Subject: Re: port-shark/22355 [was: Help needed to fix NetBSD/shark]
To: Chris Gilbert <>
From: Julio M. Merino Vidal <>
List: port-arm
Date: 08/04/2007 13:20:54
On 04/08/2007, at 12:50, Chris Gilbert wrote:

> Julio M. Merino Vidal wrote:
>> Hi,
>> Based on my limited understanding of ARM assembly (as in "just  
>> learned
>> the basics yesterday") and after countless hours of crappy  
>> debugging, I
>> think I have found THE^Wa bug in the isa_irq.S file.  With my change
>> (see below) the machine seems to work fine, but I have also made  
>> it work
>> in so many different and flawed ways (see the beginning of this  
>> thread
>> or the contents of the PR) that I'm unsure if this is correct or not.
>> The thing is that the file contains this loop:
>> Lfind_highest_ipl:
>>     ldr    r2, [r7, r9, lsl #2]
>>     tst    r8, r2
>>     subeq    r9, r9, #1
>>     beq    Lfind_highest_ipl
> I think what you're missing is that this code looks for the first
> IPL/SPL where an interrupt is enabled, so it starts at the top and  
> works
> downwards.  So the clock, which is masked at SPL_CLOCK will have the
> interrupt line clear in SPL_CLOCK and above.  Only when the code  
> reaches
> SPL_AUDIO will tst not find it masked, and so r9 will be SPL_AUDIO on
> exit from that code.

So, in order to prevent the code after the loop accessing spl_masks 
[_SPL_LEVELS], spl_masks[_SPL_LEVELS - 1] has to be 0 so that the tst  
always sets the Z bit, right?  Otherwise it'd not do the sub and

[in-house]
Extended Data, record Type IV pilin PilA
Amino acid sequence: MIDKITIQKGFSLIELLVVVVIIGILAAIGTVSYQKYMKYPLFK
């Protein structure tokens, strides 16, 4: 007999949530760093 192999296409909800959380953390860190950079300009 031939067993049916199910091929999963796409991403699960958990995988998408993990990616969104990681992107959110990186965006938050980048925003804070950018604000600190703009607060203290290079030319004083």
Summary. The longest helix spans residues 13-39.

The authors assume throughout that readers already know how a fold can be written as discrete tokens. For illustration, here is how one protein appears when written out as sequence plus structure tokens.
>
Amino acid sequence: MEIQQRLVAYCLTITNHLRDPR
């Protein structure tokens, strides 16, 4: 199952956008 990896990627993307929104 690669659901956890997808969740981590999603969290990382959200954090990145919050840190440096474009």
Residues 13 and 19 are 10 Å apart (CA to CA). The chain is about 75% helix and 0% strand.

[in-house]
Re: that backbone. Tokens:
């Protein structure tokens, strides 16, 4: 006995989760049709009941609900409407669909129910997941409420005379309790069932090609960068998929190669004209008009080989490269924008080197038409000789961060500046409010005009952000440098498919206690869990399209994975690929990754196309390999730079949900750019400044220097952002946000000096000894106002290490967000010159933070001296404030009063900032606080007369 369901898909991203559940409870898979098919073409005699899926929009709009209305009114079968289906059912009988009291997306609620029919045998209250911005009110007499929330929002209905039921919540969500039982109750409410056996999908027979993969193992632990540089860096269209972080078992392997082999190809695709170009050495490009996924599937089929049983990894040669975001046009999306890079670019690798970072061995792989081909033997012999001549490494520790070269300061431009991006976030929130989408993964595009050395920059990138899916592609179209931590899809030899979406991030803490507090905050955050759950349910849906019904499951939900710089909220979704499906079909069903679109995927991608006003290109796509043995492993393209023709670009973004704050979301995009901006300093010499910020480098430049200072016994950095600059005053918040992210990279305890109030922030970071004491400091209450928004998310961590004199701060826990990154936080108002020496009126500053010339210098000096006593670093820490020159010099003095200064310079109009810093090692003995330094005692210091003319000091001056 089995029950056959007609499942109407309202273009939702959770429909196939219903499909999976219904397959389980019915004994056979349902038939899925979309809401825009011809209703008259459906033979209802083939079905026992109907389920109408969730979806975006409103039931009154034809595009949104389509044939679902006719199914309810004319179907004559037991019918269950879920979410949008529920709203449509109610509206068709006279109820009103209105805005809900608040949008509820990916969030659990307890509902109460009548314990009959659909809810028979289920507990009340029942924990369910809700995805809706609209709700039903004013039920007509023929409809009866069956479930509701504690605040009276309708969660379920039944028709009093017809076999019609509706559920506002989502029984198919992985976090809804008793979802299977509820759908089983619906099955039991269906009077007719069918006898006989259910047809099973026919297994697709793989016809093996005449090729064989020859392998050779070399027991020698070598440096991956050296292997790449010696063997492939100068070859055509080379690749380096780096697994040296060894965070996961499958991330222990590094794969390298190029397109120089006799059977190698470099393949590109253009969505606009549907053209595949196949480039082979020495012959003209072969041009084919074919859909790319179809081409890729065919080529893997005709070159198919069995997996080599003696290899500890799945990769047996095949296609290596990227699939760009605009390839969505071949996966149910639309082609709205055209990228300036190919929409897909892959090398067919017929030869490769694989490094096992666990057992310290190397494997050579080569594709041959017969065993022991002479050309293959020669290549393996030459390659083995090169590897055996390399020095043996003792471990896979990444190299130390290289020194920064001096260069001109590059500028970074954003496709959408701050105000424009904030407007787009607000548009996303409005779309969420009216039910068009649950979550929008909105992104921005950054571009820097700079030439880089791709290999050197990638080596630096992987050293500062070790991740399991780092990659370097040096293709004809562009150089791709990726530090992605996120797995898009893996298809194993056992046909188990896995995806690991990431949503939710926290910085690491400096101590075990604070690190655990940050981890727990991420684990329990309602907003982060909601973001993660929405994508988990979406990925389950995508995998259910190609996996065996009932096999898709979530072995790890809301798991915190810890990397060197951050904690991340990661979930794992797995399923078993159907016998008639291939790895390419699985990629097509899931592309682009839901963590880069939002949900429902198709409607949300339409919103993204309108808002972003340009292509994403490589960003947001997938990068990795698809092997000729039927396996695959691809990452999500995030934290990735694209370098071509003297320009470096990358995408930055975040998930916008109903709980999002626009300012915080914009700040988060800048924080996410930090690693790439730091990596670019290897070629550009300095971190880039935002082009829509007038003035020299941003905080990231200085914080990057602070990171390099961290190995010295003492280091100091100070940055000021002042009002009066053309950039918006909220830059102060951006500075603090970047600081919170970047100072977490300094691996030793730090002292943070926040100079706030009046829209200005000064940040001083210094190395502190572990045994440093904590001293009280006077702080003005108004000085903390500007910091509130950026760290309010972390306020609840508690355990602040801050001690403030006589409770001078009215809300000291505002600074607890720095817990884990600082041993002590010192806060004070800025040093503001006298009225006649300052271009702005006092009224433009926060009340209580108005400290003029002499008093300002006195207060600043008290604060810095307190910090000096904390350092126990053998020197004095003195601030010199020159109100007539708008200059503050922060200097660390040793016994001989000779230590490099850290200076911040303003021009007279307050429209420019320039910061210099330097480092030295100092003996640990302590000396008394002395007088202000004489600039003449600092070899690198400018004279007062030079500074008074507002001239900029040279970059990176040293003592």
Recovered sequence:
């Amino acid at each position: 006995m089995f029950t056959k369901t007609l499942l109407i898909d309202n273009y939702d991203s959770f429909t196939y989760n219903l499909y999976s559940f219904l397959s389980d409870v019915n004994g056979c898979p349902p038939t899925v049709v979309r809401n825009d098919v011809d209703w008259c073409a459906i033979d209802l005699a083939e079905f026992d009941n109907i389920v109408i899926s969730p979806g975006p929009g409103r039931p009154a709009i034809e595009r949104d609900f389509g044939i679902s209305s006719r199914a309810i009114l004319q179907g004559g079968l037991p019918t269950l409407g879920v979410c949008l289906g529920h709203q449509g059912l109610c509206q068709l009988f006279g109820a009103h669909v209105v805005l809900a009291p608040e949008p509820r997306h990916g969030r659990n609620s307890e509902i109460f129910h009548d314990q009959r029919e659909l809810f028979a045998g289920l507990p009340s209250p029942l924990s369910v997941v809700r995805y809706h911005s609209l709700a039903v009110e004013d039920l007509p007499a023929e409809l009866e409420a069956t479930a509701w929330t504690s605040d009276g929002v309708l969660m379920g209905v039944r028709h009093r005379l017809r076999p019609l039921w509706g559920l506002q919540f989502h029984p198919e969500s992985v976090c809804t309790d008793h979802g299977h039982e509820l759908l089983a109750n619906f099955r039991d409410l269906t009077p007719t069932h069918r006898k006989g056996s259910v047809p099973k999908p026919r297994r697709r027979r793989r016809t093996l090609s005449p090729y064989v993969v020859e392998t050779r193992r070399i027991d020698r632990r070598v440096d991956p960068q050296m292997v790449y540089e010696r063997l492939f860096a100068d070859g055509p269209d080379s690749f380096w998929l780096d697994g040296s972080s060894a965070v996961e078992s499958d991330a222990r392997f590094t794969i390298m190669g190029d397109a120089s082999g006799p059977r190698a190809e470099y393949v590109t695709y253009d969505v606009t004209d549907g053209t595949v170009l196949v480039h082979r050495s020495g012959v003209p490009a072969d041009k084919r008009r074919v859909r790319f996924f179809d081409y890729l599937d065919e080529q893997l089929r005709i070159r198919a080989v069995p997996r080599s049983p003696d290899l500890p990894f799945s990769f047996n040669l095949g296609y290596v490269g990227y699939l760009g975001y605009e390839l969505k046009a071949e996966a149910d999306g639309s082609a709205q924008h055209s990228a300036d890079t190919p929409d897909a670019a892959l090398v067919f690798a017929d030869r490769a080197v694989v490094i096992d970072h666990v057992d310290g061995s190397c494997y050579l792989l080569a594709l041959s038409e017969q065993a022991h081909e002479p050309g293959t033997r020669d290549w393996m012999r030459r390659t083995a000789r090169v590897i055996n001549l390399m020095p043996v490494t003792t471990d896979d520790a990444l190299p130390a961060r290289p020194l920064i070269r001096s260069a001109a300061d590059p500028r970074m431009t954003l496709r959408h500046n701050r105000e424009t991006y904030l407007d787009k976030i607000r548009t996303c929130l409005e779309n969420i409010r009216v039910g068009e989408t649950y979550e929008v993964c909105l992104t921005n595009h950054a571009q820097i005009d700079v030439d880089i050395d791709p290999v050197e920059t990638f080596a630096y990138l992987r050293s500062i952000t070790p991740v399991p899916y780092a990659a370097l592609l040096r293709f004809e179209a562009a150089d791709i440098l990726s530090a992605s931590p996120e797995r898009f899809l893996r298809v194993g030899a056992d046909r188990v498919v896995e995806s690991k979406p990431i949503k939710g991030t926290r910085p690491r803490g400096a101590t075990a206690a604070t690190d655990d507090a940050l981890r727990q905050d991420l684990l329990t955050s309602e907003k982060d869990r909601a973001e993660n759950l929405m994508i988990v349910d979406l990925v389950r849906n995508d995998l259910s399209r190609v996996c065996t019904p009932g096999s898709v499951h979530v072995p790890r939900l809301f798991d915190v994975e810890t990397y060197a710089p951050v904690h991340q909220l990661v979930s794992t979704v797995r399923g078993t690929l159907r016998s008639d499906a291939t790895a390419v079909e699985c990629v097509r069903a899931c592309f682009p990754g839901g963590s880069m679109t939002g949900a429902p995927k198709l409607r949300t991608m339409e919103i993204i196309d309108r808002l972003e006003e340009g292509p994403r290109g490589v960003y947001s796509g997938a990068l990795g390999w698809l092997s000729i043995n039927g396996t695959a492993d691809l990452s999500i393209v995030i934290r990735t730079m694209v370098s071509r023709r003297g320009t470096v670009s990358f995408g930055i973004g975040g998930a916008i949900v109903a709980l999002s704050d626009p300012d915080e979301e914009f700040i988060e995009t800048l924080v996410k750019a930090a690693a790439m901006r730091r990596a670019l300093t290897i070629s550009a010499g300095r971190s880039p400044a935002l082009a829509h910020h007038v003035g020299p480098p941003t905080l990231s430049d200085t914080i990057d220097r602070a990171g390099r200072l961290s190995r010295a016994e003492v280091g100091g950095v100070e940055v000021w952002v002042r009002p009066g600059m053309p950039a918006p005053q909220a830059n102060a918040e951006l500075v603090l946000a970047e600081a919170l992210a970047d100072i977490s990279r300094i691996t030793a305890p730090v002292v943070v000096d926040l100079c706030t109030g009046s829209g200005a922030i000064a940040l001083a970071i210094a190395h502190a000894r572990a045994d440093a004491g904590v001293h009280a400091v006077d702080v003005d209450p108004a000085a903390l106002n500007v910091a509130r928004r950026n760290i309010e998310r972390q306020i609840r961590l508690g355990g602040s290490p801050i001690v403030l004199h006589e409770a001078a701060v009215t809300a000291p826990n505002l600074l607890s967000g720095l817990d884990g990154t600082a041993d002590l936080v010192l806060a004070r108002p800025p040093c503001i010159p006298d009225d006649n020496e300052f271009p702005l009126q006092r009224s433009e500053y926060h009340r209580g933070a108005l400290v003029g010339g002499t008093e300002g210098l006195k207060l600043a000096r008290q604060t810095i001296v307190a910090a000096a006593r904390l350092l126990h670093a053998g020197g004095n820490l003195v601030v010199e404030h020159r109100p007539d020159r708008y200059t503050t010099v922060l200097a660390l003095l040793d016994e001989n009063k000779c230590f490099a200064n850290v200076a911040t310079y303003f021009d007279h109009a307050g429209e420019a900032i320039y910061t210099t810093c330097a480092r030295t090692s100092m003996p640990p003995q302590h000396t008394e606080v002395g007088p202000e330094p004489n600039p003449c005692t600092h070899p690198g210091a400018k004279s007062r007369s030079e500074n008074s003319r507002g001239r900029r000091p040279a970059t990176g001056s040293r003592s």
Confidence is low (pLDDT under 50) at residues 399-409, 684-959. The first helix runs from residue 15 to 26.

reincrementing r9 later on could make the code access an invalid  
array position.

> Your change means that the interrupt is masked (due to it being  
> added to
> disabled_mask) but the spl isn't at the correct level, eg IPL_BIO  
> stuff
> will be running at IPL_NONE :)

Too good to be true :P

>> AIUI, this locates the highest IPL at which the received IRQs have  
>> to be
>> served.  After the beq, r9 contains the number of this IPL, and r2
>> contains the spl_mask for that level.
> when it hangs are you able to print the contents of:
> i8259_mask
> spl_mask
> current_mask
> disabled_mask
> current_spl_level
> current_intr_depth
> As I think they might help track down what's masked out and where.  My
> feeling is that the clock interrupt is being left masked out by some
> code path somewhere, and not being re-enabled.
> Given the speed it happens inserting a printf call at exit from the
> handler with the current_spl_level may reveal if it's exitting with  
> the
> spl_level correctly reset.

I was able to print the values of, e.g. current_spl_level at all  
places where it is modified.  And I'm fairly sure this (the current  
code) is correct.  When the machine gets locked, the last SPL value I  
see is 0, so everything should be enabled and working...

I can try again to get the values of all these variables and not just  
the SPL level.


Julio M. Merino Vidal <>